From Section 316 at U.S. Bank Stadium, things were looking bleak.

Some fans started leaving in the middle of the second quarter, when the Vikings looked more like a Keystone Kops routine than a team trying to clinch the NFC North. Paper airplanes rained down from bored fans. When quarterback Kirk Cousins kneeled to end the first half, the Vikings down 33-0 to a mediocre Indianapolis Colts team, the stadium echoed with boos.

If Brett Delage hadn't driven from Fergus Falls with his wife for seats he bought for $120 apiece, he said, he would have left at halftime too. It wasn't just that his team was losing. It was that his team was pathetic.

But if he'd left, the 28-year-old lifelong Vikings fan would have missed the greatest comeback in NFL history. In what fans quickly dubbed the Minneapolis Miracle Part II, the Vikings stormed back in the second half, tied the game with an indomitable catch-and-run by Dalvin Cook with a couple minutes left in regulation, then won it with a field goal with three seconds left in overtime.

For a franchise whose history is mired in disappointment — the four Super Bowl losses, the Gary Anderson missed field goal, the Blair Walsh missed field goal, on and on ad infinitum — the feeling among fans Saturday was something new. They honked horns. They sang "Skol, Vikings."

They felt hope, renewed.

Juan Solis walked outside the stadium Saturday evening in his Eric Kendricks jersey as his younger brother teased him for wanting to leave at halftime.

"I love the Vikings to death, but that first half — I was not happy whatsoever," said Solis, 31, of Plymouth. "I did say, 'I'm about to leave.' But I'm diehard. I can't. I have to finish this game. And thank God I did."

During halftime, Blake Andert, a season-ticket holder in section 138, met friends at a bar inside the stadium. He was morose.

"The feeling at the bar? Game's over, season's over, people are leaving, calling for the [defensive] coordinator Ed Donatell to be fired," said Andert, 27, of Eagan. "But all the sudden they started driving. Then Dalvin taking it to the house, people start believing."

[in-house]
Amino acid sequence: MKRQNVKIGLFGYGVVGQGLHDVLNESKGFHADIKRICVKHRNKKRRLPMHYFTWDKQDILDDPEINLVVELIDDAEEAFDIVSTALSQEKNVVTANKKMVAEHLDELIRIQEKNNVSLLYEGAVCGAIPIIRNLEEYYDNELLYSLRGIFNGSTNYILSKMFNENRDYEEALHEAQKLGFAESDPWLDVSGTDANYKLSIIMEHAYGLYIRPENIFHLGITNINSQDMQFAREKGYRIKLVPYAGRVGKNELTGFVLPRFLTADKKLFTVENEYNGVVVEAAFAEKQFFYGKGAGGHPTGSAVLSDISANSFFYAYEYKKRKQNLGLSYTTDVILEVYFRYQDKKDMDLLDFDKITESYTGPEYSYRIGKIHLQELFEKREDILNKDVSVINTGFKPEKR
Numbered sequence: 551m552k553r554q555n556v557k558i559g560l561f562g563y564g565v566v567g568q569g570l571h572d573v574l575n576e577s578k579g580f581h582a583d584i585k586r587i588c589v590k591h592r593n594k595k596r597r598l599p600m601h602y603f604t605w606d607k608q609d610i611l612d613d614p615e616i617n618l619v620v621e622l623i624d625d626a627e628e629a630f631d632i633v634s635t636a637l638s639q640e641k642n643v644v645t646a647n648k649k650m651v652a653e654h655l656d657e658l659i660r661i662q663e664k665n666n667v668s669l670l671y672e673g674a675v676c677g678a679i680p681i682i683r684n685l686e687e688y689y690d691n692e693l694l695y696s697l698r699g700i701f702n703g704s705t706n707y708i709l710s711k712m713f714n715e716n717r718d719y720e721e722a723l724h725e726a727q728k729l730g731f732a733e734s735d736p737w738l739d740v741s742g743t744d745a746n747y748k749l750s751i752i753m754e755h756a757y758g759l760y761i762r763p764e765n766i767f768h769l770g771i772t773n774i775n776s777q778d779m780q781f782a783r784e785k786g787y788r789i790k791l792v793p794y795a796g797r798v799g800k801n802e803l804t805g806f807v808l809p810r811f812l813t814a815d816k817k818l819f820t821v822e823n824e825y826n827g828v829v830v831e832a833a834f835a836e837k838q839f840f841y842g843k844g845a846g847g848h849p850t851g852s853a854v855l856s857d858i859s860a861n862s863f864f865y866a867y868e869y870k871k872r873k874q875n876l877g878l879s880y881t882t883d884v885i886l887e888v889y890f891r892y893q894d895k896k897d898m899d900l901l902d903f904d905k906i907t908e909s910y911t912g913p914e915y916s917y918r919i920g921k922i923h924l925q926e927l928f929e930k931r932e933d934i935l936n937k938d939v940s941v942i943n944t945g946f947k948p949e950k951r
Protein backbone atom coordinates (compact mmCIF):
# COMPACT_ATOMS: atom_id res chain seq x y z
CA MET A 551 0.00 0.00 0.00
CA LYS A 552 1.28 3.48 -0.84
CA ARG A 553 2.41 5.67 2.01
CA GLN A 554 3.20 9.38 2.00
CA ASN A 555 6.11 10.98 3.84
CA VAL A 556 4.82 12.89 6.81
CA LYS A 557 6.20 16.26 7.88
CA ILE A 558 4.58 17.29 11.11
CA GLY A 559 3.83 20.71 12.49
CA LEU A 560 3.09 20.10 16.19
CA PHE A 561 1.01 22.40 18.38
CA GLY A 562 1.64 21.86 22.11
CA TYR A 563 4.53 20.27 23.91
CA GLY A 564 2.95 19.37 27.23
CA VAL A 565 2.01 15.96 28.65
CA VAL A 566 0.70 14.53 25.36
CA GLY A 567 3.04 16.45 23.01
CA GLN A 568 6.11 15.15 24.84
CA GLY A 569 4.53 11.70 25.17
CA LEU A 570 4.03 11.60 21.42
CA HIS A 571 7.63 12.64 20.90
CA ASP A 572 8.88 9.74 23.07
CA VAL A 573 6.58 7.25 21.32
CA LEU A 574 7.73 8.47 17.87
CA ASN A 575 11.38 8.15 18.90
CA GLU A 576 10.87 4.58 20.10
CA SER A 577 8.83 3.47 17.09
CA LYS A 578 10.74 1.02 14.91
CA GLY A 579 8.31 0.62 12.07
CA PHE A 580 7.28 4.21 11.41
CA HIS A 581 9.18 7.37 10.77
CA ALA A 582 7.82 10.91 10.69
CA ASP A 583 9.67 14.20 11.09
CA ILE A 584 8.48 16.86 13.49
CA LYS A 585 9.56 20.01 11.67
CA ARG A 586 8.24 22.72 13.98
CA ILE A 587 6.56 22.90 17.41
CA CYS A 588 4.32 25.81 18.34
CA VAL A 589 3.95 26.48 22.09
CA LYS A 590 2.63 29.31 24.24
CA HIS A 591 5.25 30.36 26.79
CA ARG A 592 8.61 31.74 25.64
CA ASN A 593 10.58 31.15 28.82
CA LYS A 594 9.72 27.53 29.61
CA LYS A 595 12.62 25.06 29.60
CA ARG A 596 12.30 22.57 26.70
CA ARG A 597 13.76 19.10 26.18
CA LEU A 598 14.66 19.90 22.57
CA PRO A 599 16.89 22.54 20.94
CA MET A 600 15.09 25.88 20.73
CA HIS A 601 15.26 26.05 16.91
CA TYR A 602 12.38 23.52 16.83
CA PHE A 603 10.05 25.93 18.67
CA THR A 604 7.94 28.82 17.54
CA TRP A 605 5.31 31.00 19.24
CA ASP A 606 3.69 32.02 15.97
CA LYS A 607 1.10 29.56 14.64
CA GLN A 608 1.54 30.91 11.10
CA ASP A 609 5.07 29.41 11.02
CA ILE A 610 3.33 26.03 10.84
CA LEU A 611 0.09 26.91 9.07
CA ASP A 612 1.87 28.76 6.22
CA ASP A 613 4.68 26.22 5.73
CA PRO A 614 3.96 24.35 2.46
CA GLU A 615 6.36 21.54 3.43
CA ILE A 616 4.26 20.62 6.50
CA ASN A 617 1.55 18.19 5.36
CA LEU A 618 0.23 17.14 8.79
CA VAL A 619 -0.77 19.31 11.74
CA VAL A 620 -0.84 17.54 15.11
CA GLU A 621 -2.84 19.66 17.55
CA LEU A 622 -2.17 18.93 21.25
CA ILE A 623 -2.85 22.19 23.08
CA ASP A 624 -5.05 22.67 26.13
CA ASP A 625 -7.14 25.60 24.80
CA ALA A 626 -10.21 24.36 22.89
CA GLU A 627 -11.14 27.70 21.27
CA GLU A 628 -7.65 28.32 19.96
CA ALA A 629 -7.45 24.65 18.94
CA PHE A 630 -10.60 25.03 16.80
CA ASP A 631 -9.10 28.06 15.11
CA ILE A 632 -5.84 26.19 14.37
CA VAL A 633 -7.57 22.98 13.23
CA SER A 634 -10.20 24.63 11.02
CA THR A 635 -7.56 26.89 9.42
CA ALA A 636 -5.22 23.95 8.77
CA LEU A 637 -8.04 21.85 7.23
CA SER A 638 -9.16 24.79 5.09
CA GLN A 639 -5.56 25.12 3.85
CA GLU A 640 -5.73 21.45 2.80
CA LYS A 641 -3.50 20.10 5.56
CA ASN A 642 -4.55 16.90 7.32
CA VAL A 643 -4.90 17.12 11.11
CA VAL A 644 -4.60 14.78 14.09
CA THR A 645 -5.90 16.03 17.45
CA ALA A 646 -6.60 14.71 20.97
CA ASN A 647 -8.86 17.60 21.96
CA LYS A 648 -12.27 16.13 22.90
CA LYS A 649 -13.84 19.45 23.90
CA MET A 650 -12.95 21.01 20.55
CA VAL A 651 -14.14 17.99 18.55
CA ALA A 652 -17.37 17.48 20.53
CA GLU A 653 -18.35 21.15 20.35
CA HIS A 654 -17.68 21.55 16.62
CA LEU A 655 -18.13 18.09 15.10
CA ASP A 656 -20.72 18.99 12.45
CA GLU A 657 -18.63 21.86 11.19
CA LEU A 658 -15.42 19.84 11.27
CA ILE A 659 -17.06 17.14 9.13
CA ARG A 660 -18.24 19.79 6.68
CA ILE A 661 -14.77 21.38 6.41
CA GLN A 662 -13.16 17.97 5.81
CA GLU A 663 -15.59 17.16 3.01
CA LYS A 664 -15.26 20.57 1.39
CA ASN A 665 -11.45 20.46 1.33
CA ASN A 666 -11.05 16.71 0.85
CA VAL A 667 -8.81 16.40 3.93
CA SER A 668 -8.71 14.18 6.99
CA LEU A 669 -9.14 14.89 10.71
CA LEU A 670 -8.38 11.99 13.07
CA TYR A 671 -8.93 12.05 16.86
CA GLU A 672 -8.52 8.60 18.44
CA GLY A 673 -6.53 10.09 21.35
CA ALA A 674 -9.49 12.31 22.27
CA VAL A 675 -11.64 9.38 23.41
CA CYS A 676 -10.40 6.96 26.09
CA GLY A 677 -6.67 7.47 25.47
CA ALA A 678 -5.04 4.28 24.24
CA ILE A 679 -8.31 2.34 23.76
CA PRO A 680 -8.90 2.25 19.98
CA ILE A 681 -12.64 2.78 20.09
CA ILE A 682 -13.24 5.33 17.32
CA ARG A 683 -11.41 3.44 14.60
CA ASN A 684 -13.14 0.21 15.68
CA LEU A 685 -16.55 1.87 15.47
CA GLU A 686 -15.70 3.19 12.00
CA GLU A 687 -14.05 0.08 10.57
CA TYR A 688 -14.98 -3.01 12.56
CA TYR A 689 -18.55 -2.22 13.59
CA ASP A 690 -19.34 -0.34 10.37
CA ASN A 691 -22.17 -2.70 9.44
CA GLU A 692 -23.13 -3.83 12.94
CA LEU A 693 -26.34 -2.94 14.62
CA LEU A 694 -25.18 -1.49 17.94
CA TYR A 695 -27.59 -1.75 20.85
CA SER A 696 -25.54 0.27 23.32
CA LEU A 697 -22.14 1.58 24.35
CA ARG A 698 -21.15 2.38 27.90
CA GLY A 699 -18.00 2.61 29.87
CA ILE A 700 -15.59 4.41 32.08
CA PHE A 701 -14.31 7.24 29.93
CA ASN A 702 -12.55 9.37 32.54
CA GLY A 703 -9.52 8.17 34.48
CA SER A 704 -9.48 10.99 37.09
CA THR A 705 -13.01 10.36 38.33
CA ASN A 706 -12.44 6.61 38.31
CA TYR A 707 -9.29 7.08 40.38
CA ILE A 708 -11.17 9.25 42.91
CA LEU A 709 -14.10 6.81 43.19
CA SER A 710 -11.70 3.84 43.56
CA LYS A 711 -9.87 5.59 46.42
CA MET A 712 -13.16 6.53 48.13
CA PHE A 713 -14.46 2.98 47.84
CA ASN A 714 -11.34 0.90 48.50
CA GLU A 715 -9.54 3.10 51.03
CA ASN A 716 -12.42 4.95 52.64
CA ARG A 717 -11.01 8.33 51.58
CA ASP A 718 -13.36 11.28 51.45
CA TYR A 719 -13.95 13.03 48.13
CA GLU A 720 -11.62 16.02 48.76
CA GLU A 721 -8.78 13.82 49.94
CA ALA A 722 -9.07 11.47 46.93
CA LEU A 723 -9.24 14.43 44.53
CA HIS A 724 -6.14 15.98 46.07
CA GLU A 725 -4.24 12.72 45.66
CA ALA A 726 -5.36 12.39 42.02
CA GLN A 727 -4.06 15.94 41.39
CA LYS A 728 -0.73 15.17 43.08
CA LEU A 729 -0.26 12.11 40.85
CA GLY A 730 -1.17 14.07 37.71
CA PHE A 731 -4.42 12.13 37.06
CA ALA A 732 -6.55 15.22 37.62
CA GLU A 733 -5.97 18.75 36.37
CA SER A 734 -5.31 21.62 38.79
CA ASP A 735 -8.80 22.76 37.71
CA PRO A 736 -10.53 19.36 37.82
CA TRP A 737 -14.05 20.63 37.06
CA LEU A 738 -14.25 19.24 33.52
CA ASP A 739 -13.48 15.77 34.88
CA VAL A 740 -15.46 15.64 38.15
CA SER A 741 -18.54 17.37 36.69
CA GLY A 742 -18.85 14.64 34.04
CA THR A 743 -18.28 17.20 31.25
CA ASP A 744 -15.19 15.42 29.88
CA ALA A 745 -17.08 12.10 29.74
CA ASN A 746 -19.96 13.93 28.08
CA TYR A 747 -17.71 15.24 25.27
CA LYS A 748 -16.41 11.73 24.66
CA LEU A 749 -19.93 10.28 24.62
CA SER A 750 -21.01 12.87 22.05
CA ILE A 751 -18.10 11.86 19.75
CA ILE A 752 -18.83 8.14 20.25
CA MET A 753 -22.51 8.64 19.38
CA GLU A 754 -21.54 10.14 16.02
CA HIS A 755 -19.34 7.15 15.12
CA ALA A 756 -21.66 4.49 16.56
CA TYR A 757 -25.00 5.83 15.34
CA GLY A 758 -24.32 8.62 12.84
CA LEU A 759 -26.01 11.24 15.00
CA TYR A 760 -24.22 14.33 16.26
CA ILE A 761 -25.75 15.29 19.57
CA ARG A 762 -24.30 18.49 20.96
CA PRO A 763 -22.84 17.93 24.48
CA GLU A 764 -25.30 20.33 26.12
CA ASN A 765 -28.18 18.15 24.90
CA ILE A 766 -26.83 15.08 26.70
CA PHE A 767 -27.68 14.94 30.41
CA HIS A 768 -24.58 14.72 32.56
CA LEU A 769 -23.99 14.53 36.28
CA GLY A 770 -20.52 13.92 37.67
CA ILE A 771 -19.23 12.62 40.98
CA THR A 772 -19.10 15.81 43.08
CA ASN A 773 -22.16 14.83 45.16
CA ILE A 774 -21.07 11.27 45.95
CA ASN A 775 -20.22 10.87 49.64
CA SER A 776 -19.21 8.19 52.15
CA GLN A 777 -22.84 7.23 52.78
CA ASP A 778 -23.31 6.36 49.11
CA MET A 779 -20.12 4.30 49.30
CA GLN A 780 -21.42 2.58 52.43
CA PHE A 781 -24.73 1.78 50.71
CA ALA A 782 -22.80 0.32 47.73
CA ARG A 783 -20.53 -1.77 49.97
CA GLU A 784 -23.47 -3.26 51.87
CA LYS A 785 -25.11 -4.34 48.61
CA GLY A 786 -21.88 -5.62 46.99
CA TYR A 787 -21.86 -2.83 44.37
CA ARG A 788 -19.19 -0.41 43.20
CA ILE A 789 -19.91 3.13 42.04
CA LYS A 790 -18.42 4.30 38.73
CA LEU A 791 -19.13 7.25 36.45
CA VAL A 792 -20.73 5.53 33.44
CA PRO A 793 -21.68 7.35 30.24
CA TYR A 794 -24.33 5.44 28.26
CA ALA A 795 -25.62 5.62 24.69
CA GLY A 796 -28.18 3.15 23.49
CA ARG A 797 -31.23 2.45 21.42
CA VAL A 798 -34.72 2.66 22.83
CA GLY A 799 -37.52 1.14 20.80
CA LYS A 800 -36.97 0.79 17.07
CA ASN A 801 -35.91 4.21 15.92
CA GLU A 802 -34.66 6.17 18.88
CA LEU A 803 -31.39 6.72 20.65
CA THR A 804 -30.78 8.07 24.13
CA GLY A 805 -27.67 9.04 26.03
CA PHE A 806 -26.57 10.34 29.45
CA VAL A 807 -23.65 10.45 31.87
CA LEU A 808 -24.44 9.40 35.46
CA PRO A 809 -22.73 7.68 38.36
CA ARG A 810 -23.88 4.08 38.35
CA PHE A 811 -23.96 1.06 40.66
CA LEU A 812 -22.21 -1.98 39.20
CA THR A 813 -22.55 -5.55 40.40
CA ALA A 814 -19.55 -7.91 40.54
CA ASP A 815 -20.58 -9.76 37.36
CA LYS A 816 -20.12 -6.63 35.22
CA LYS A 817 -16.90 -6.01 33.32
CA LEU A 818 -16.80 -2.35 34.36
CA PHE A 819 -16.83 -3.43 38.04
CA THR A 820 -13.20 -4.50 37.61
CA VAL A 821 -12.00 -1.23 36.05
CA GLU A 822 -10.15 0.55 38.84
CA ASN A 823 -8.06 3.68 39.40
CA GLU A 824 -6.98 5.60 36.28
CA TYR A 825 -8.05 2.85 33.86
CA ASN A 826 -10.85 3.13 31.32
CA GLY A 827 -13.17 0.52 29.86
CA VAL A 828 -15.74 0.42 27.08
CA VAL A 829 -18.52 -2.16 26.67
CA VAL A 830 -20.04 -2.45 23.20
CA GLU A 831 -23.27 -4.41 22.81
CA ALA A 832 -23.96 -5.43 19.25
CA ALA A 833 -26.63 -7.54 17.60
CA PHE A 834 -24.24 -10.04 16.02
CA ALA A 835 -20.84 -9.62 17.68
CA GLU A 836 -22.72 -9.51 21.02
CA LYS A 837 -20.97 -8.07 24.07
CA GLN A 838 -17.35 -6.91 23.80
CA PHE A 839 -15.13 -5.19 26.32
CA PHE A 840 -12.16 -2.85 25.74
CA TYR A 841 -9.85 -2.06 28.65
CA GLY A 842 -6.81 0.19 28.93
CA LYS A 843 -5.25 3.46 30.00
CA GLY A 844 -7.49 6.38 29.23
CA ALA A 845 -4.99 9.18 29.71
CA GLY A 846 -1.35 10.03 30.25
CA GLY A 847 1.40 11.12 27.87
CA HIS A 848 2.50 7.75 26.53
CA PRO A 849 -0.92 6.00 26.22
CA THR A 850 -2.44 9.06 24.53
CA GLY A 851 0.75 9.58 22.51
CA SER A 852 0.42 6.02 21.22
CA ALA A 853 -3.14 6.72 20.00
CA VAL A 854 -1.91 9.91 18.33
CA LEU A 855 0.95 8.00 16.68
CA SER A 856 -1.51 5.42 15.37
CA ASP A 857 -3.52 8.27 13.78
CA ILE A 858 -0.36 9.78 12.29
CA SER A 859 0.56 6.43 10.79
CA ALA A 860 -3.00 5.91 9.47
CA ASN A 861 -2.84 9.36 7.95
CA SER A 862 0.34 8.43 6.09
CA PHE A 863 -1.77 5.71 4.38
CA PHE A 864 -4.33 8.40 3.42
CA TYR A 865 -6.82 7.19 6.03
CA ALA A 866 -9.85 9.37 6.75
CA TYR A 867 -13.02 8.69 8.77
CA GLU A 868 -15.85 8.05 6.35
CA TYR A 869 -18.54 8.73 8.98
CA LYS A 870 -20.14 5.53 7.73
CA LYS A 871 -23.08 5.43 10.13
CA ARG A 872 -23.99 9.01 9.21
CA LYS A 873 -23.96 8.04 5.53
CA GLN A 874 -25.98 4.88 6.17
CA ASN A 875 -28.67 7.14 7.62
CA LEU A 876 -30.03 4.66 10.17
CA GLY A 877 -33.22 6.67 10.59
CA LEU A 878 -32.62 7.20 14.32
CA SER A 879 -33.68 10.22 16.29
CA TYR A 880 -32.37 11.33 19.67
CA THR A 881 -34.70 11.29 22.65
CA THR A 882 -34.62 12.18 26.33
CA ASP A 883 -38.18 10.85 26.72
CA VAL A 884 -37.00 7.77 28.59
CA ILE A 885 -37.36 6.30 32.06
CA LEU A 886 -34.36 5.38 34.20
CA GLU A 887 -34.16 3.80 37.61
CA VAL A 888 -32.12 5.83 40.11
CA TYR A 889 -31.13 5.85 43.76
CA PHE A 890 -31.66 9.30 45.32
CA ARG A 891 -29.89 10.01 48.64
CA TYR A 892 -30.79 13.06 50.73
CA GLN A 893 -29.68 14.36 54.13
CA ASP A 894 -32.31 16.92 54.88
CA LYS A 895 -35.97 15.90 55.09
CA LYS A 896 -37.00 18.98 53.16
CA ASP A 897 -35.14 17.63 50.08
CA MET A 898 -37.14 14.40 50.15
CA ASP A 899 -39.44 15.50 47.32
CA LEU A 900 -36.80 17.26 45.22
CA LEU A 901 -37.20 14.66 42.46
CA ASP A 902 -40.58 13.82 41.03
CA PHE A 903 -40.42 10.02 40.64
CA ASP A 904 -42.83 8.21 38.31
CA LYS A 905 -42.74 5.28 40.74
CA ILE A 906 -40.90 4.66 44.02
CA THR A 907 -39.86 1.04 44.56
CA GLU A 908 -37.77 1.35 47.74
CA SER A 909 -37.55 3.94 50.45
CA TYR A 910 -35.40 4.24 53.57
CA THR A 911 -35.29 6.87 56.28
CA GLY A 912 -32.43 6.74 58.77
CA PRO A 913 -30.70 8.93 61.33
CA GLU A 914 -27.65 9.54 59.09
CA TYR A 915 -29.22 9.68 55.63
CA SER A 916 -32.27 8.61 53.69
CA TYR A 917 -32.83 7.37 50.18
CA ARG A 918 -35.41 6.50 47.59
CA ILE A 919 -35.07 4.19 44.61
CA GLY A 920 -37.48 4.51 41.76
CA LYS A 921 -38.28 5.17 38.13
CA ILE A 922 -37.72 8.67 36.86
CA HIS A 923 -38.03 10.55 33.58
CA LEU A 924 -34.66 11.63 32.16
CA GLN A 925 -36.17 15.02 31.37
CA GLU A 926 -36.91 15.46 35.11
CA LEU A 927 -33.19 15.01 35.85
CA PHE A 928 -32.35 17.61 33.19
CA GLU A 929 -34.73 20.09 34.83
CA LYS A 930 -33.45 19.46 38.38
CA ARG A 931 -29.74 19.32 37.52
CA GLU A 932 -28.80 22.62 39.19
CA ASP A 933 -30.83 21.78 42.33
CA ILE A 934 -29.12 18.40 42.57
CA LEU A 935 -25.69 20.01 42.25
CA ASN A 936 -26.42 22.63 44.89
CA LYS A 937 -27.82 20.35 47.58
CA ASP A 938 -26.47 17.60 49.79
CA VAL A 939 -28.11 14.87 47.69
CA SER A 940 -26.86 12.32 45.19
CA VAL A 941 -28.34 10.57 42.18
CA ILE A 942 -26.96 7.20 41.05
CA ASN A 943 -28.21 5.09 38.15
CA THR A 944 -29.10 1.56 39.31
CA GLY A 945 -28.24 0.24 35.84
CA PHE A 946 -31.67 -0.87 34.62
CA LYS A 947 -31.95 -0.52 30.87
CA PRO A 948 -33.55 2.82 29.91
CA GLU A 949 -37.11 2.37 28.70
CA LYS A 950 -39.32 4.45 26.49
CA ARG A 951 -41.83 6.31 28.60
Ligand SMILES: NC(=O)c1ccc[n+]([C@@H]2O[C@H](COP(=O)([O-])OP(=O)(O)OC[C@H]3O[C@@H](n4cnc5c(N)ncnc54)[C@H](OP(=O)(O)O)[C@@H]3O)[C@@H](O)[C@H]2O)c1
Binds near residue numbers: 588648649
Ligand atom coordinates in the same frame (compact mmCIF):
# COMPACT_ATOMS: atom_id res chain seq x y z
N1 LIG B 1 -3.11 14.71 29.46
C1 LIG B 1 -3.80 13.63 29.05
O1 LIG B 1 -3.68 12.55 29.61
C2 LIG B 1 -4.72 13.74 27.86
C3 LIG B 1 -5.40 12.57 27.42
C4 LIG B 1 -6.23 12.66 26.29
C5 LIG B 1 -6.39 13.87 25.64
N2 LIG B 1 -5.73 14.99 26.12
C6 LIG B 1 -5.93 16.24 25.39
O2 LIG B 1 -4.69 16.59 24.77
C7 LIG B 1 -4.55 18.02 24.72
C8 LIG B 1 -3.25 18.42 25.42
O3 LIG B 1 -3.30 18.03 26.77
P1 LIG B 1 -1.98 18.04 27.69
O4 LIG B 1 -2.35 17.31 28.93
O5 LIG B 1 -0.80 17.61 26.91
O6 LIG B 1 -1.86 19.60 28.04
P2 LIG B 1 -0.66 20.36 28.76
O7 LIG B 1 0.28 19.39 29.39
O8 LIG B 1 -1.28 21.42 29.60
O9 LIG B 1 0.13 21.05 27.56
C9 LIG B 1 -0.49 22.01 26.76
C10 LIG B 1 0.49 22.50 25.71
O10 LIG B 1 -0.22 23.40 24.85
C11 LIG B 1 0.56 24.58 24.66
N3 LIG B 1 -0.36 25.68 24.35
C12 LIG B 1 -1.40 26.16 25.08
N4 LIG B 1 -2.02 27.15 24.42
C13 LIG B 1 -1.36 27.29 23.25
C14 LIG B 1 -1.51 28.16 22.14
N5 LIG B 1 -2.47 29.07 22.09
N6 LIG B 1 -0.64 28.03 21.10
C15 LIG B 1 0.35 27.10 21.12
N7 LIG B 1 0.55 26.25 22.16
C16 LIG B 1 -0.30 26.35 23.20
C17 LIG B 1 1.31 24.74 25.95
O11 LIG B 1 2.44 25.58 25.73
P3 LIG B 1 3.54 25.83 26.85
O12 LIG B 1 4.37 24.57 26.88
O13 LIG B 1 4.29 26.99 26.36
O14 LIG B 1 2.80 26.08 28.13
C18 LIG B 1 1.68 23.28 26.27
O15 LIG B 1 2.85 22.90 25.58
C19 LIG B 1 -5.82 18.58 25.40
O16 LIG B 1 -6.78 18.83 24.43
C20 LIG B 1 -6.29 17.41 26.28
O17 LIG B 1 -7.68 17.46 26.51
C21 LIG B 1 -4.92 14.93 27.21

"And hey, why not believe?" Andert continued. "There's something different about this team. After a while, it's not luck. I've been living in Minnesota my whole life. I've been let down so many times. But all you have in this life is hope."

Bruce Froehlich, a retired farmer from Winthrop, has been a season-ticket holder for nearly 40 years. The only game he's missed in that time was for his daughter's wedding. He's witnessed the heartbreak, but he starts every season with a realistic optimism. He thought Saturday's game was more exciting than the first Minneapolis Miracle, when Stefon Diggs won the game on an improbable walk-off touchdown, because this historic comeback built slowly over the course of 30 minutes of football.

Plus, it was a great birthday gift. On Sunday, Froehlich turns 70.

He does not believe this team is Super Bowl-bound: Too many holes. But there's something about this team's character that feels special: A resilience that shone brightly on Saturday, one that reflects a long-suffering, still-hoping fan base.

"They just keep going," Froehlich said. "You gotta be dedicated. How many people would just throw in the towel and say, 'Hell with them, I'm never going to come back.' But it turned out good. And even if they would have lost, I would have come for the next game."